"What are the implications of the findings from placebo research for translation into better clinical care?" Presentation by Randy Gollub, M.D., Ph.D.
Thursday, September 19, 2013 at 4:00pm to 5:00pm
Brigham and Women's Hospital, *Shapiro Breakout Room, Shapiro Building, 1st FL 70 Francis Street, Boston, MA 02115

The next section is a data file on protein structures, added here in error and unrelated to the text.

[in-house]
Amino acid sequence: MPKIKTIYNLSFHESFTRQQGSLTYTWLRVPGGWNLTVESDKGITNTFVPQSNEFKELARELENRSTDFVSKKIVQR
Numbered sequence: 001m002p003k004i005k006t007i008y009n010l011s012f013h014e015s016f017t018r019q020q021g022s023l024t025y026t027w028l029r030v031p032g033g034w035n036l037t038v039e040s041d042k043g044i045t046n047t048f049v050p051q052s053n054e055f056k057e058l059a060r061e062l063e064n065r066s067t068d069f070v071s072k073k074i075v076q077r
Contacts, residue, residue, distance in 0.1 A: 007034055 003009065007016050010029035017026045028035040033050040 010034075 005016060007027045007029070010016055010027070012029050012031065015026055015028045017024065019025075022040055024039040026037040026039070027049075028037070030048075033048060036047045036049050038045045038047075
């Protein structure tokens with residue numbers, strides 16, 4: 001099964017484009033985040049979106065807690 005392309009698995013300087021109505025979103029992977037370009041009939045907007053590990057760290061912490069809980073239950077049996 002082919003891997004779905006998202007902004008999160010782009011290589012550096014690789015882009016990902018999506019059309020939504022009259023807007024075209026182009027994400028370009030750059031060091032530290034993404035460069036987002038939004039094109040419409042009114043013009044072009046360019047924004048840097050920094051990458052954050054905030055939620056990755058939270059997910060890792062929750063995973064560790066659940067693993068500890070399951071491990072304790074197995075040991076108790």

Dr. Randy L. Gollub is Associate Professor of Psychiatry at Harvard Medical School (HMS) and Psychiatrist at Massachusetts General Hospital (MGH) where she serves as the Associate Director of the Neuroimaging Research Program. The focus of Dr. Gollub's research is at the interface between the technological advancement of neuroimaging acquisition and analysis methods and their application to basic and clinical neuroscience. Her laboratory applies functional neuroimaging methods to the investigation of pain perception and the modulation of pain perception by placebo and acupuncture in people with and without chronic pain disorders. Among multiple innovative lines of research, her laboratory has demonstrated that there are multiple mechanisms by which the human brain can modulate pain perception and they have proposed a theoretical framework for interpreting the seemingly disparate neuroimaging findings reported in the literature. Dr. Gollub received her B.A. in Neuroscience from Northwestern, an M.D. and her Ph.D. in Pharmacology as an MSTP scholar at Duke University Medical School and completed her Psychiatry residency and a fellowship in single unit electrophysiology at Yale. She has been on faculty at HMS since 1993.
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